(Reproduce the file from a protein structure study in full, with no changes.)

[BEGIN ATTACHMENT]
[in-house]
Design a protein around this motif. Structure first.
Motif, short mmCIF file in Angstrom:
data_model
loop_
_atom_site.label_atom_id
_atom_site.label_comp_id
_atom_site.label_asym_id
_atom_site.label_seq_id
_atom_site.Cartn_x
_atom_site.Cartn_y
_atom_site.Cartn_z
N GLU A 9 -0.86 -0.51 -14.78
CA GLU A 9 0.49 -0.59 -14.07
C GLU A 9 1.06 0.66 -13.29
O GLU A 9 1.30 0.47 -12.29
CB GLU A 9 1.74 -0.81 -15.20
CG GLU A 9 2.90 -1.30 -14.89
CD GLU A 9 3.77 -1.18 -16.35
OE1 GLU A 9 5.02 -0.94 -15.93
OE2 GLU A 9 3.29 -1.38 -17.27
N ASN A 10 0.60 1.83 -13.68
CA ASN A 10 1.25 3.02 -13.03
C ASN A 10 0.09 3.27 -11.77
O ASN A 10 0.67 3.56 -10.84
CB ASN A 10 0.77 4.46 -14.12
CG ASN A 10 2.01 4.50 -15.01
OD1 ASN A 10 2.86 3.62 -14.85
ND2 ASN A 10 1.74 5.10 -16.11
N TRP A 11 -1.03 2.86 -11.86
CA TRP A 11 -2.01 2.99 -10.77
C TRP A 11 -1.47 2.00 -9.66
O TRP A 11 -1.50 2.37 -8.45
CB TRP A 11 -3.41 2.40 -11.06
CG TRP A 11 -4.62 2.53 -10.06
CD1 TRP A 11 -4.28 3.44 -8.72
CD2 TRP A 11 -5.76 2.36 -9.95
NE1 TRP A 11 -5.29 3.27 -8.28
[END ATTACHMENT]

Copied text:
[in-house]
Design a protein around this motif. Structure first.
Motif, short mmCIF file in Angstrom:
data_model
loop_
_atom_site.label_atom_id
_atom_site.label_comp_id
_atom_site.label_asym_id
_atom_site.label_seq_id
_atom_site.Cartn_x
_atom_site.Cartn_y
_atom_site.Cartn_z
N GLU A 9 -0.86 -0.51 -14.78
CA GLU A 9 0.49 -0.59 -14.07
C GLU A 9 1.06 0.66 -13.29
O GLU A 9 1.30 0.47 -12.29
CB GLU A 9 1.74 -0.81 -15.20
CG GLU A 9 2.90 -1.30 -14.89
CD GLU A 9 3.77 -1.18 -16.35
OE1 GLU A 9 5.02 -0.94 -15.93
OE2 GLU A 9 3.29 -1.38 -17.27
N ASN A 10 0.60 1.83 -13.68
CA ASN A 10 1.25 3.02 -13.03
C ASN A 10 0.09 3.27 -11.77
O ASN A 10 0.67 3.56 -10.84
CB ASN A 10 0.77 4.46 -14.12
CG ASN A 10 2.01 4.50 -15.01
OD1 ASN A 10 2.86 3.62 -14.85
ND2 ASN A 10 1.74 5.10 -16.11
N TRP A 11 -1.03 2.86 -11.86
CA TRP A 11 -2.01 2.99 -10.77
C TRP A 11 -1.47 2.00 -9.66
O TRP A 11 -1.50 2.37 -8.45
CB TRP A 11 -3.41 2.40 -11.06
CG TRP A 11 -4.62 2.53 -10.06
CD1 TRP A 11 -4.28 3.44 -8.72
CD2 TRP A 11 -5.76 2.36 -9.95
NE1 TRP A 11 -5.29 3.27 -8.28